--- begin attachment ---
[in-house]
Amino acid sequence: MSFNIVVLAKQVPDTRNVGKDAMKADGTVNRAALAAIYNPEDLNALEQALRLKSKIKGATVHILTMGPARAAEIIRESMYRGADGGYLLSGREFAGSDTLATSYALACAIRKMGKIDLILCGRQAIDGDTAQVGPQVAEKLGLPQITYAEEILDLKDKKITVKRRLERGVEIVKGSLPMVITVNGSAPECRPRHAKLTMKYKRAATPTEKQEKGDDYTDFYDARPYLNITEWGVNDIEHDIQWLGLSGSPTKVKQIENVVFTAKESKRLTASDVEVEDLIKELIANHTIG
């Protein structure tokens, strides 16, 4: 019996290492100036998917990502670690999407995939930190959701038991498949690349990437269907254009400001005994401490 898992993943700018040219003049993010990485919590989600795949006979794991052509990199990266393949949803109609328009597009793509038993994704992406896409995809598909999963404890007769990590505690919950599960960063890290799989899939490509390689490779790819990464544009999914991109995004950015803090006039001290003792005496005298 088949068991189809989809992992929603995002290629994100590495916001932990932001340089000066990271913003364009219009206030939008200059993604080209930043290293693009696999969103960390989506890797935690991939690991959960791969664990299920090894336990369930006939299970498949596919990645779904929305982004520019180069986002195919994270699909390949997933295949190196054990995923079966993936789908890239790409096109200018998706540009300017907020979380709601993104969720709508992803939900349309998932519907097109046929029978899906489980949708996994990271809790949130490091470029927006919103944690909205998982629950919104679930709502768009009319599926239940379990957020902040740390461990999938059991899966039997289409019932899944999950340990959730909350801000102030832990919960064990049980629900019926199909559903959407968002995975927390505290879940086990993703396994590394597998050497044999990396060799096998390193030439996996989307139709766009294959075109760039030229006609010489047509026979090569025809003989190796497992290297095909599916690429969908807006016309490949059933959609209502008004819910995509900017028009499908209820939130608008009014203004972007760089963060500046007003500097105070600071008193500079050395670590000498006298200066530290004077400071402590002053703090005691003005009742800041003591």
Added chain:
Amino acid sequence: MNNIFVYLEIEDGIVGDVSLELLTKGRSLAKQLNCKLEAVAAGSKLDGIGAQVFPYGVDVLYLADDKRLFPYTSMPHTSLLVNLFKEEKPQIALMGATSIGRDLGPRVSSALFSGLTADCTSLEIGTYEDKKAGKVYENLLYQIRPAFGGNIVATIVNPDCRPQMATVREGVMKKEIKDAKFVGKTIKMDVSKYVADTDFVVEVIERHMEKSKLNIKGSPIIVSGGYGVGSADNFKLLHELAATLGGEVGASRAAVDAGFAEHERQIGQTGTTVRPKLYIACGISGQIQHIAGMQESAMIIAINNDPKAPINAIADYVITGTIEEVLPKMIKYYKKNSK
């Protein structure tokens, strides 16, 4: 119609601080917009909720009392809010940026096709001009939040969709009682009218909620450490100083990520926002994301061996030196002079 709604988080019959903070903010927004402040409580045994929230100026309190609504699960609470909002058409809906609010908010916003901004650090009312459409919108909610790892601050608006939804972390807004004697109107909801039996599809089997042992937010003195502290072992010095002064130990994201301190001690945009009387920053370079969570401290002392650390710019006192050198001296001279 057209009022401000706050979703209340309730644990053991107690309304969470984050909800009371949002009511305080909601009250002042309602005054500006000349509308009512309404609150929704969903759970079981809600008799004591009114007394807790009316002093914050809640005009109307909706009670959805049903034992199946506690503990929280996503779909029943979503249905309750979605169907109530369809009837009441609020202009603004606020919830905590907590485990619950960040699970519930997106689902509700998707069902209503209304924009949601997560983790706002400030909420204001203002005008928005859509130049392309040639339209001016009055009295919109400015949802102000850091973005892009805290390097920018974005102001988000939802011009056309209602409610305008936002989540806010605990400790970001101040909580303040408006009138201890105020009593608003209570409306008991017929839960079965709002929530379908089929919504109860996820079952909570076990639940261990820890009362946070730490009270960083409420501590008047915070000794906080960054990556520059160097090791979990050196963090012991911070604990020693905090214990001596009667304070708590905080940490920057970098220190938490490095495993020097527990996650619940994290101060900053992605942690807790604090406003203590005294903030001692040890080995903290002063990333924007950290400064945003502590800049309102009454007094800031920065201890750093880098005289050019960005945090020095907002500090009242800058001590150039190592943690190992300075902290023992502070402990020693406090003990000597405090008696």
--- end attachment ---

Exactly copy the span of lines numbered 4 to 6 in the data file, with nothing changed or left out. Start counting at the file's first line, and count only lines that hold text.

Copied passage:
Added chain:
Amino acid sequence: MNNIFVYLEIEDGIVGDVSLELLTKGRSLAKQLNCKLEAVAAGSKLDGIGAQVFPYGVDVLYLADDKRLFPYTSMPHTSLLVNLFKEEKPQIALMGATSIGRDLGPRVSSALFSGLTADCTSLEIGTYEDKKAGKVYENLLYQIRPAFGGNIVATIVNPDCRPQMATVREGVMKKEIKDAKFVGKTIKMDVSKYVADTDFVVEVIERHMEKSKLNIKGSPIIVSGGYGVGSADNFKLLHELAATLGGEVGASRAAVDAGFAEHERQIGQTGTTVRPKLYIACGISGQIQHIAGMQESAMIIAINNDPKAPINAIADYVITGTIEEVLPKMIKYYKKNSK
């Protein structure tokens, strides 16, 4: 119609601080917009909720009392809010940026096709001009939040969709009682009218909620450490100083990520926002994301061996030196002079 709604988080019959903070903010927004402040409580045994929230100026309190609504699960609470909002058409809906609010908010916003901004650090009312459409919108909610790892601050608006939804972390807004004697109107909801039996599809089997042992937010003195502290072992010095002064130990994201301190001690945009009387920053370079969570401290002392650390710019006192050198001296001279 057209009022401000706050979703209340309730644990053991107690309304969470984050909800009371949002009511305080909601009250002042309602005054500006000349509308009512309404609150929704969903759970079981809600008799004591009114007394807790009316002093914050809640005009109307909706009670959805049903034992199946506690503990929280996503779909029943979503249905309750979605169907109530369809009837009441609020202009603004606020919830905590907590485990619950960040699970519930997106689902509700998707069902209503209304924009949601997560983790706002400030909420204001203002005008928005859509130049392309040639339209001016009055009295919109400015949802102000850091973005892009805290390097920018974005102001988000939802011009056309209602409610305008936002989540806010605990400790970001101040909580303040408006009138201890105020009593608003209570409306008991017929839960079965709002929530379908089929919504109860996820079952909570076990639940261990820890009362946070730490009270960083409420501590008047915070000794906080960054990556520059160097090791979990050196963090012991911070604990020693905090214990001596009667304070708590905080940490920057970098220190938490490095495993020097527990996650619940994290101060900053992605942690807790604090406003203590005294903030001692040890080995903290002063990333924007950290400064945003502590800049309102009454007094800031920065201890750093880098005289050019960005945090020095907002500090009242800058001590150039190592943690190992300075902290023992502070402990020693406090003990000597405090008696």